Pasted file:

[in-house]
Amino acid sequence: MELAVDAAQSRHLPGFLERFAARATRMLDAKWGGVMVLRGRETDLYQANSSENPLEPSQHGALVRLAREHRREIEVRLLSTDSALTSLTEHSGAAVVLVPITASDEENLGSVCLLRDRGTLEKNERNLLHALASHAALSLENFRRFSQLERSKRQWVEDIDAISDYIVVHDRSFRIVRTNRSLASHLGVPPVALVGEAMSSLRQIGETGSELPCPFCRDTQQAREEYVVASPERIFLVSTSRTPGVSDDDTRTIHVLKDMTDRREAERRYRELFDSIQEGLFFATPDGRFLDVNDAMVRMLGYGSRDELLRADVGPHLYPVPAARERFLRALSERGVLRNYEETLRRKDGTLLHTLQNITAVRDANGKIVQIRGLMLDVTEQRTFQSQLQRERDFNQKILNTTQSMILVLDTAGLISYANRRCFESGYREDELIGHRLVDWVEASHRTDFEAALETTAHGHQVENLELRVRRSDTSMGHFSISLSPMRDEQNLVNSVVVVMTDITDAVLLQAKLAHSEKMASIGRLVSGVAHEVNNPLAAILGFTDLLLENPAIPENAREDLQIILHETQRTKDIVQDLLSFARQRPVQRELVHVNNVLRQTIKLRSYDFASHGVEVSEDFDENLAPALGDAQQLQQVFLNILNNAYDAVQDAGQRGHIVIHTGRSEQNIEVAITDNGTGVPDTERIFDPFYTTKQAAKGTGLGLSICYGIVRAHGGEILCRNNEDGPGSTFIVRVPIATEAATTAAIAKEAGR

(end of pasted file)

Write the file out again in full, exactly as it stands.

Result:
[in-house]
Amino acid sequence: MELAVDAAQSRHLPGFLERFAARATRMLDAKWGGVMVLRGRETDLYQANSSENPLEPSQHGALVRLAREHRREIEVRLLSTDSALTSLTEHSGAAVVLVPITASDEENLGSVCLLRDRGTLEKNERNLLHALASHAALSLENFRRFSQLERSKRQWVEDIDAISDYIVVHDRSFRIVRTNRSLASHLGVPPVALVGEAMSSLRQIGETGSELPCPFCRDTQQAREEYVVASPERIFLVSTSRTPGVSDDDTRTIHVLKDMTDRREAERRYRELFDSIQEGLFFATPDGRFLDVNDAMVRMLGYGSRDELLRADVGPHLYPVPAARERFLRALSERGVLRNYEETLRRKDGTLLHTLQNITAVRDANGKIVQIRGLMLDVTEQRTFQSQLQRERDFNQKILNTTQSMILVLDTAGLISYANRRCFESGYREDELIGHRLVDWVEASHRTDFEAALETTAHGHQVENLELRVRRSDTSMGHFSISLSPMRDEQNLVNSVVVVMTDITDAVLLQAKLAHSEKMASIGRLVSGVAHEVNNPLAAILGFTDLLLENPAIPENAREDLQIILHETQRTKDIVQDLLSFARQRPVQRELVHVNNVLRQTIKLRSYDFASHGVEVSEDFDENLAPALGDAQQLQQVFLNILNNAYDAVQDAGQRGHIVIHTGRSEQNIEVAITDNGTGVPDTERIFDPFYTTKQAAKGTGLGLSICYGIVRAHGGEILCRNNEDGPGSTFIVRVPIATEAATTAAIAKEAGR